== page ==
Mr. Gonnella did not submit to the court time sheets detailing his efforts throughout the litigation, and Mr. Angelone apparently had no records to submit. In a case arising after King, such a failure to document an attorney's time might merit disallowal, or at least drastic reduction, of a fee award.

In Wojtkowski v. Cade, 725 F.2d 127, 130 (1st Cir. 1984), we commented on a submission similar to the one here:

The affidavit here was little more than a tally of hours and tasks relative to the case as a whole. Attorneys who anticipate requesting their fees from the court would be well advised to maintain detailed, contemporaneous time records that will enable a later determination of the amount of time spent on particular issues.

Without contemporaneous records, "the unlikelihood, indeed perhaps the impossibility, of achieving a result under such procedures that would be fair to the applicants, fair to the paying parties, and decently reviewable by a court is obvious." Grendel's Den, Inc. v. Larkin, 749 F.2d 945, 951 (1st Cir. 1984).

Contemporaneous time records not only are evidence that the time claimed was indeed so spent, but provide details about the work, such as the date it occurred, the kinds of work that were done and the percentage of time spent at each task, i.e., telephone calls, writing letters, drafting briefs, waiting in court, etc. This allows the paying party to dispute the accuracy of the records as well as the reasonableness of the time spent.

We have also made it clear that a court must scrutinize with care the reasonableness of the hourly rate claimed. Grendel's Den, 749 F.2d at 955-56. This requires information about fees customarily charged in the locality for similar legal services and information about the experience and billing practices of the attorneys in question. King, 560 F.2d at 1027. Where such information is lacking, as it was here, we do not think it should be supplied by the district court.

In Grendel's Den, "we . . . serve[d] notice that henceforth, in cases involving fee applications for services rendered after the date of this opinion, the absence of detailed contemporaneous time records, except in extraordinary circumstances, will call for a substantial reduction in any award or, in egregious cases, disallowance." 749 F.2d at 952. In this case, the services were rendered prior to this court's opinion in Grendel's Den, although the request for attorney's fees was made after the opinion issued. While we think that plaintiff's counsel should have been aware of the King rule, we will follow Grendel's Den to the letter and neither disallow the fees entirely nor drastically reduce them. A remand, however, is necessary for a hearing on the reasonableness of the time spent and the hourly rates claimed by each of the plaintiff's attorneys. If, on remand, the plaintiff fails to produce complete and specific contemporaneous time records, the district court must scrutinize carefully the hours claimed. See Grendel's Den, 749 F.2d at 952-55. Under the circumstances, we deem it advisable that the remand hearing be held by a different judge than the one who made the fee award in question.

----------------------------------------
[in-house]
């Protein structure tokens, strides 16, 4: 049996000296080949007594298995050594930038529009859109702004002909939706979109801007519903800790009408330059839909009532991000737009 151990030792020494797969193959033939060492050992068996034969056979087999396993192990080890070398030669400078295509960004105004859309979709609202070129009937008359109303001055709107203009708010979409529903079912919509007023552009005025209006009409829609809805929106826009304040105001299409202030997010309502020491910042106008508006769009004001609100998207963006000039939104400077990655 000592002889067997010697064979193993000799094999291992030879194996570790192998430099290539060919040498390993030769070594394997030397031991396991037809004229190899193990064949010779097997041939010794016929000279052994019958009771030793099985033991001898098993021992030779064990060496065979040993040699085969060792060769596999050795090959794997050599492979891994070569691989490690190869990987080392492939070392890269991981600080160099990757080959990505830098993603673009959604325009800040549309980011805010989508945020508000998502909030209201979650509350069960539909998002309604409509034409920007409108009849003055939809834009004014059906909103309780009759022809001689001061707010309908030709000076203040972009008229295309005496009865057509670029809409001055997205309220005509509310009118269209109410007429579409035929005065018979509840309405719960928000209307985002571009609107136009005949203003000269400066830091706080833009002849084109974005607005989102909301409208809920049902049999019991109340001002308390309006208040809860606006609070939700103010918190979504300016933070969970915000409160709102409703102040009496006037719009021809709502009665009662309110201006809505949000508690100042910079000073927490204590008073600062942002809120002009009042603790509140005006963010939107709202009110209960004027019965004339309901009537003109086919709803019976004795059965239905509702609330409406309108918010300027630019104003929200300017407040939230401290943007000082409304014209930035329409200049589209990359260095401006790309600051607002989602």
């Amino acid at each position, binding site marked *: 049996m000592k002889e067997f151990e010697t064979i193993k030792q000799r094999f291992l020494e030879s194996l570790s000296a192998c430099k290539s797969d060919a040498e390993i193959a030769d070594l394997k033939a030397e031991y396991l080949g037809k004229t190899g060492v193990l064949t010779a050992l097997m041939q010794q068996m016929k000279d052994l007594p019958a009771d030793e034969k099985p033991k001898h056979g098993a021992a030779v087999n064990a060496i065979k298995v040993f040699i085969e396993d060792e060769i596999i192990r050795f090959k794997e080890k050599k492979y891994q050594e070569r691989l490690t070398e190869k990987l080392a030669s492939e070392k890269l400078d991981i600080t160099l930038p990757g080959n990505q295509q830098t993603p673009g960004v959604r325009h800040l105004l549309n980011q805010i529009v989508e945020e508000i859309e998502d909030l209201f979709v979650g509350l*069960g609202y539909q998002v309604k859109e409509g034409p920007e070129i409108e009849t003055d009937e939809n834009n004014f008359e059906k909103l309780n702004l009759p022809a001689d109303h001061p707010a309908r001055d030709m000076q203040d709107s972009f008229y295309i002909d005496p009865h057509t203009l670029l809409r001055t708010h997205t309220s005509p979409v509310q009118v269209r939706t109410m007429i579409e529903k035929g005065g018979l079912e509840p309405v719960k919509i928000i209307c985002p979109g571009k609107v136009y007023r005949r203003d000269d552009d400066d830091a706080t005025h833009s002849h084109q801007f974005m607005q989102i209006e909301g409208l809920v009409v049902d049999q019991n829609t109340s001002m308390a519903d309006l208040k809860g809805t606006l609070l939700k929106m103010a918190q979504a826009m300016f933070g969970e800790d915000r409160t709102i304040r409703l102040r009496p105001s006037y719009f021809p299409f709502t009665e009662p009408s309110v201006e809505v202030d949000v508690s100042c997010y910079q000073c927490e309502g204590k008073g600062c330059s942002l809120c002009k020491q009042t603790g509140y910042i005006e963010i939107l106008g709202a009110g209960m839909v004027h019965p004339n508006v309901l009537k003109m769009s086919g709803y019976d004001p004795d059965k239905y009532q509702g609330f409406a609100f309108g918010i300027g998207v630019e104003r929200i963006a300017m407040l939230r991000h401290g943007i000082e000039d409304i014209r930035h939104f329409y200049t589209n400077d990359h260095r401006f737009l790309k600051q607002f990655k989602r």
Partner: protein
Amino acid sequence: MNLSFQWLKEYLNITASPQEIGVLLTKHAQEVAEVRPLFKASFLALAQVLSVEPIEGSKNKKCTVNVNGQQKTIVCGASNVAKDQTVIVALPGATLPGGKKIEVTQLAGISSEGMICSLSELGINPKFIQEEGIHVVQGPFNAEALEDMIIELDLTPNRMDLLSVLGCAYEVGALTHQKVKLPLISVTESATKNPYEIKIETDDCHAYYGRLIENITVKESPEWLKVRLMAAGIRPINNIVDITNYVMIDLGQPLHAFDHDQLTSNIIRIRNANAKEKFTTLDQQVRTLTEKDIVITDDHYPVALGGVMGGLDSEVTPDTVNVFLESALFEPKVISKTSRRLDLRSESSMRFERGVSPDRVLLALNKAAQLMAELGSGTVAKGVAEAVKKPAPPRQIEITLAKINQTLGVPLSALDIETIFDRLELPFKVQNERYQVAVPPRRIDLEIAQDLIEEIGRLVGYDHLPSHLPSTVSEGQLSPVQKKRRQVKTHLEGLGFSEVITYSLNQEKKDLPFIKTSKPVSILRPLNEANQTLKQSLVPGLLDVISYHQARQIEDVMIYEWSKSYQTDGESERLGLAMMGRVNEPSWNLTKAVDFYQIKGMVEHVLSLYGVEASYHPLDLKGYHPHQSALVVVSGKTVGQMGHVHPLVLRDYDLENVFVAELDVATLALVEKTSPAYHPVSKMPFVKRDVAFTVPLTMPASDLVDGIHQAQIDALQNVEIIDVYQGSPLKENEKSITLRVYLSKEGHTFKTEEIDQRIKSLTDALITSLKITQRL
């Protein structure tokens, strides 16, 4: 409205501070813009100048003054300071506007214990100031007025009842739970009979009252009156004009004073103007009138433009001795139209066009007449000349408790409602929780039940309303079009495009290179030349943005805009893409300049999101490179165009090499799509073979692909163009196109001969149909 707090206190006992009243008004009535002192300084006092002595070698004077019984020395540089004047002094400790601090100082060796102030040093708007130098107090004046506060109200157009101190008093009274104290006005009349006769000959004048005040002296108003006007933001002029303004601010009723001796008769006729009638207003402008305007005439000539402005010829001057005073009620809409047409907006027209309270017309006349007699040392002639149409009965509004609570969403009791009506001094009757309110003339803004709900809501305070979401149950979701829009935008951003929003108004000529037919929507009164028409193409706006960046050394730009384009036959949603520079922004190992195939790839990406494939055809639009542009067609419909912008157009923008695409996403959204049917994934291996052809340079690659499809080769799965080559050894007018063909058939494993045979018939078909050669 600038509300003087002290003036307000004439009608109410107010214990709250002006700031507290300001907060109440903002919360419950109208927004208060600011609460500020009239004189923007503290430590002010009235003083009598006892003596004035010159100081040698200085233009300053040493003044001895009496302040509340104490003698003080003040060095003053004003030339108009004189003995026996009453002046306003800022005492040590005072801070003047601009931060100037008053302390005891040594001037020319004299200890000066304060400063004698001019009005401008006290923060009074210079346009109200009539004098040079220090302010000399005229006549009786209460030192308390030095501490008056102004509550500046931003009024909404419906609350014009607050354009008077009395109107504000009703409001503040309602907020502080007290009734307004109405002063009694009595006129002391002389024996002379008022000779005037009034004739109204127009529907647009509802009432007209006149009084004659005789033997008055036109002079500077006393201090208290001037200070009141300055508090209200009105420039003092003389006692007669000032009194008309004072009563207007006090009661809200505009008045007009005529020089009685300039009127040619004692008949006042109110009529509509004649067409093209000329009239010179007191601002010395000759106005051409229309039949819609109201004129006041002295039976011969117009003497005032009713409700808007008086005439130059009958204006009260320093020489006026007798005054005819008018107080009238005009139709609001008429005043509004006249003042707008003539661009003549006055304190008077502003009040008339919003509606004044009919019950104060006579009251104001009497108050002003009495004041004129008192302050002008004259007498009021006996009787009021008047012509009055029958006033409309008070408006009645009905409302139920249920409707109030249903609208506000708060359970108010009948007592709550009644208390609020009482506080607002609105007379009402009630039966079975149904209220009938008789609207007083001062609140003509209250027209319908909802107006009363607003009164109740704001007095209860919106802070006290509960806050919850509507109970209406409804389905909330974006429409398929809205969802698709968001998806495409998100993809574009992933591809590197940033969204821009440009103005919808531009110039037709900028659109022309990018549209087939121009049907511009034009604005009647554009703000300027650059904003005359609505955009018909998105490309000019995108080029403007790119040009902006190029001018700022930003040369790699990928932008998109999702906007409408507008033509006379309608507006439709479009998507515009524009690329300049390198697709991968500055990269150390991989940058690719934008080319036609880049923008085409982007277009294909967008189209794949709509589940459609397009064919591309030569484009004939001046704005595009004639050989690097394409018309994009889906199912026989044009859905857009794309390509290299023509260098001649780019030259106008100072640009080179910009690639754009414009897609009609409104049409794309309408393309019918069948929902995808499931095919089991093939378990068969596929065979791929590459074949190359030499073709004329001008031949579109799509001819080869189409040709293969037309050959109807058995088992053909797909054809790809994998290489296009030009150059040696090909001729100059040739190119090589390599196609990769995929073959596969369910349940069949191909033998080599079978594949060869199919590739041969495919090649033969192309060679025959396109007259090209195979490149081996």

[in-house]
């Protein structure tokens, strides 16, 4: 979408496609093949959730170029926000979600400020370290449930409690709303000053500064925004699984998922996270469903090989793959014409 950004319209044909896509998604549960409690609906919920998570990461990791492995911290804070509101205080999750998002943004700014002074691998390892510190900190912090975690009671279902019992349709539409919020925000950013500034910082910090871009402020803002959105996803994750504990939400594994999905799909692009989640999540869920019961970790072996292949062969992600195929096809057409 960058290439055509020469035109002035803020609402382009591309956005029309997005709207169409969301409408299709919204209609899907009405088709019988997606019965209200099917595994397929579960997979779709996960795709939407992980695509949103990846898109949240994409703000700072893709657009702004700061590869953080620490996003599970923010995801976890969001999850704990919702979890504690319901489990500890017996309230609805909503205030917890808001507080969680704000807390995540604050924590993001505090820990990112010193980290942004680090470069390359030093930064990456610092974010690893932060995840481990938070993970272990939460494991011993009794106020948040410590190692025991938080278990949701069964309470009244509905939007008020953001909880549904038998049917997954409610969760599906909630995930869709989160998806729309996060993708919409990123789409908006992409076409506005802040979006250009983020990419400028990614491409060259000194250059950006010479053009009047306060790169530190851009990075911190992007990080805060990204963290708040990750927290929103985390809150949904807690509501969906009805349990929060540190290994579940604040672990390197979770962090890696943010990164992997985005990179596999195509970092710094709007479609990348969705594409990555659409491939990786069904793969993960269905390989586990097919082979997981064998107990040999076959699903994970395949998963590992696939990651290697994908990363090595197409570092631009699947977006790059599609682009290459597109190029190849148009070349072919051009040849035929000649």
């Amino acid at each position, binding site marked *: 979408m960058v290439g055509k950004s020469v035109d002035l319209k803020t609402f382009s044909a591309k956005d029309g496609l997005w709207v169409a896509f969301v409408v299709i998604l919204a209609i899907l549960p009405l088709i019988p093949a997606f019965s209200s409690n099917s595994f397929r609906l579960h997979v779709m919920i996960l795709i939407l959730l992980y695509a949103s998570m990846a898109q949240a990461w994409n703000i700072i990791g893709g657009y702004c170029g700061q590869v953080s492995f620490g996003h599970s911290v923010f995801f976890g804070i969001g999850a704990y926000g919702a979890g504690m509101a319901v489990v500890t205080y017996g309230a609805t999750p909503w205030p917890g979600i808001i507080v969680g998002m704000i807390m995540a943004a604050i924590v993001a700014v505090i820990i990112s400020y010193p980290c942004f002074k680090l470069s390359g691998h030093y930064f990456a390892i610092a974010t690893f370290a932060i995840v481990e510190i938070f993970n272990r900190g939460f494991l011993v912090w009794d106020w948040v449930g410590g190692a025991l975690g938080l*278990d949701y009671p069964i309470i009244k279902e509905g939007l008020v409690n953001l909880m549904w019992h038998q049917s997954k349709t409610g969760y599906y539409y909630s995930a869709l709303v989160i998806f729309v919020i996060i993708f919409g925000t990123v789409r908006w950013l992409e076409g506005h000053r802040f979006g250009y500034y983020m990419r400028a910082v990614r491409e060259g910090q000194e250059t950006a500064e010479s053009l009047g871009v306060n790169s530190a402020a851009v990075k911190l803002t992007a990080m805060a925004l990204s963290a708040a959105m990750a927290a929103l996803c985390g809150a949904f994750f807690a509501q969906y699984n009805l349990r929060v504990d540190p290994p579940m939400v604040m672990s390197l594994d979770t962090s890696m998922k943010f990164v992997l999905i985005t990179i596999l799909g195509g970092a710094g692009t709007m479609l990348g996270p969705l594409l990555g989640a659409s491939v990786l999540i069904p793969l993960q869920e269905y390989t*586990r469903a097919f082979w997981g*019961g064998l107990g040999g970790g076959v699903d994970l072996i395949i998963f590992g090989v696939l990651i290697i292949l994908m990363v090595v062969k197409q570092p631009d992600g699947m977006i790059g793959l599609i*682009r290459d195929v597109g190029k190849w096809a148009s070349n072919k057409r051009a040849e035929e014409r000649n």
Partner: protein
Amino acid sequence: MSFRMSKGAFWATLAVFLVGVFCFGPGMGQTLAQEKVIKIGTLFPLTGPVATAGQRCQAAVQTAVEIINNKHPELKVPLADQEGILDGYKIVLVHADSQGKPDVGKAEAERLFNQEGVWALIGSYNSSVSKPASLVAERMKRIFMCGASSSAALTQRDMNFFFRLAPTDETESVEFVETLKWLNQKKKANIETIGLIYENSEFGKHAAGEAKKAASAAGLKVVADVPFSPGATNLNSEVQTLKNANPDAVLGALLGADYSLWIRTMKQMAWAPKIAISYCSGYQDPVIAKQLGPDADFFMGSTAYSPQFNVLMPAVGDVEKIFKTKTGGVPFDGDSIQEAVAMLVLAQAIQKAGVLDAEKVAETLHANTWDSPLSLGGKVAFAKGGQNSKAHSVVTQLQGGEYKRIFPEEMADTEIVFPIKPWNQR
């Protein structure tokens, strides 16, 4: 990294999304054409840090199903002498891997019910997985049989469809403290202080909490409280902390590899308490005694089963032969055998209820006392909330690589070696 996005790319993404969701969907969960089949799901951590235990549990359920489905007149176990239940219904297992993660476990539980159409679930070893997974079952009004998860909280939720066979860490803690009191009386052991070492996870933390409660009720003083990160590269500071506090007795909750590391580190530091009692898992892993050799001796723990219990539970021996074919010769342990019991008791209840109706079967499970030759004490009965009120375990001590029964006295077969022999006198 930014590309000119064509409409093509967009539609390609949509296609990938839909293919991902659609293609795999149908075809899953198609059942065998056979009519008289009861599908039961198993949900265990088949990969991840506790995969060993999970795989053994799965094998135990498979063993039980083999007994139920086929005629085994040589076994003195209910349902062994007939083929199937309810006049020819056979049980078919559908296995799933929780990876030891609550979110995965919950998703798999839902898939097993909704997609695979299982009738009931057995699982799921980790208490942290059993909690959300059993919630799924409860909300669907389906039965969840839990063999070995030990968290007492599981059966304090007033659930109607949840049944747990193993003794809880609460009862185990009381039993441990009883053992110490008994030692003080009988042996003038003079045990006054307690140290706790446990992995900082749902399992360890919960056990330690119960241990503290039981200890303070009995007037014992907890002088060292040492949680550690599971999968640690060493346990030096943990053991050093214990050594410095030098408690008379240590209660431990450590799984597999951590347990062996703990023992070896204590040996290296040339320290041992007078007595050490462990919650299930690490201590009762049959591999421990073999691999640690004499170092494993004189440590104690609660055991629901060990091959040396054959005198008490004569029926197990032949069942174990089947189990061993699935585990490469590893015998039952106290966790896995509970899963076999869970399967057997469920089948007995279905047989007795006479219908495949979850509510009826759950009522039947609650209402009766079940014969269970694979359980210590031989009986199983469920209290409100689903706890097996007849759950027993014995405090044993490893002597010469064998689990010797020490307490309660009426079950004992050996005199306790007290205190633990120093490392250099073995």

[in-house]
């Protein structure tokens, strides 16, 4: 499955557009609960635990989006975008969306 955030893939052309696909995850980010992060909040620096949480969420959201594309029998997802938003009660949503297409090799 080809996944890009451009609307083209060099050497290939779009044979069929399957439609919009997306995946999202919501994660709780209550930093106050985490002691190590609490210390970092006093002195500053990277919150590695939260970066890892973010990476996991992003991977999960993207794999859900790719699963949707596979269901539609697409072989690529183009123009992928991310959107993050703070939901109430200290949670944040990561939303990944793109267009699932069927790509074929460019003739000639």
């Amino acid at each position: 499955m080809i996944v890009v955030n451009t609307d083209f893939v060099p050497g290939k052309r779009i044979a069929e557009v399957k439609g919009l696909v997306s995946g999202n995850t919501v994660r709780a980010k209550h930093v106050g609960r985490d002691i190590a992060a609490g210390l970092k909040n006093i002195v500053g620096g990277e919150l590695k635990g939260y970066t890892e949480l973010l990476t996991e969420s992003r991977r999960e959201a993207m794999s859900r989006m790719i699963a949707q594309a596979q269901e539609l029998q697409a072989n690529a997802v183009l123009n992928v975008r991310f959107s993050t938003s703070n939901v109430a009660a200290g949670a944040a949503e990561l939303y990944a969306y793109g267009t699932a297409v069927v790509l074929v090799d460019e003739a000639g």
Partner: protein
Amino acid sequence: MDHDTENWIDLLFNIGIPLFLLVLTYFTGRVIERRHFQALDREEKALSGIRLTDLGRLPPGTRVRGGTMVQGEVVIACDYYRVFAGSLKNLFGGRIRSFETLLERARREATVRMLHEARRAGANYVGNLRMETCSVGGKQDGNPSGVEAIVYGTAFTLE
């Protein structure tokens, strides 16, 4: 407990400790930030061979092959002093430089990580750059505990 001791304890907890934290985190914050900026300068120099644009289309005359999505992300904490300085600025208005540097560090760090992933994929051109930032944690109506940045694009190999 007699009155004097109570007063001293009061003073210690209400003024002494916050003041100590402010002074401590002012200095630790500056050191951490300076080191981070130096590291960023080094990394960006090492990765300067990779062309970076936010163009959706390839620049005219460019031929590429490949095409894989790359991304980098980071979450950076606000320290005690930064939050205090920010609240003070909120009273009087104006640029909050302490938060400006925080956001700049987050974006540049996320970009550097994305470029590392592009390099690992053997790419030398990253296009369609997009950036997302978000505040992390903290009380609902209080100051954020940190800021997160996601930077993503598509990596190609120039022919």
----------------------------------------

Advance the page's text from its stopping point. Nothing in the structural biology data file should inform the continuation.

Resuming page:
The second issue, whether the court erred in failing to hold a hearing on the award of attorney's fees, can be dealt with quickly. While a hearing is often helpful and is prudent procedure, it is not mandatory. Miles v. Sampson, 675 F.2d 5, 9-10 (1st Cir. 1982); Kargman v. Sullivan, 589 F.2d 63, 67 (1st Cir. 1978). In light of defendants' initial objection to a hearing on attorney's fees and their assertion that the court could determine the amount of fees without a hearing, we can understand why the court felt a hearing was unnecessary. We also note that the district court issued a five-and-one-half-page written opinion explaining in detail the reasons for its fees award.

Reversed and remanded for further proceedings consistent herewith.

Costs to appellants.




Review of file in preparation for Fact Finding Conference.

Attendance at Fact Finding Conference before EEOC in Boston.

Travel to Boston.

Memorandum for file and oral briefing of Orlando F. de Abreu relative to said conference.

Preparation for Deposition of Robert Calhoun.

Attendance at Deposition of Robert Calhoun.

Memorandum to file relative to Deposition.

Oral briefing of Orlando F. de Abreu relative to Deposition.

Review of Defendants' Interrogatories to Plaintiff.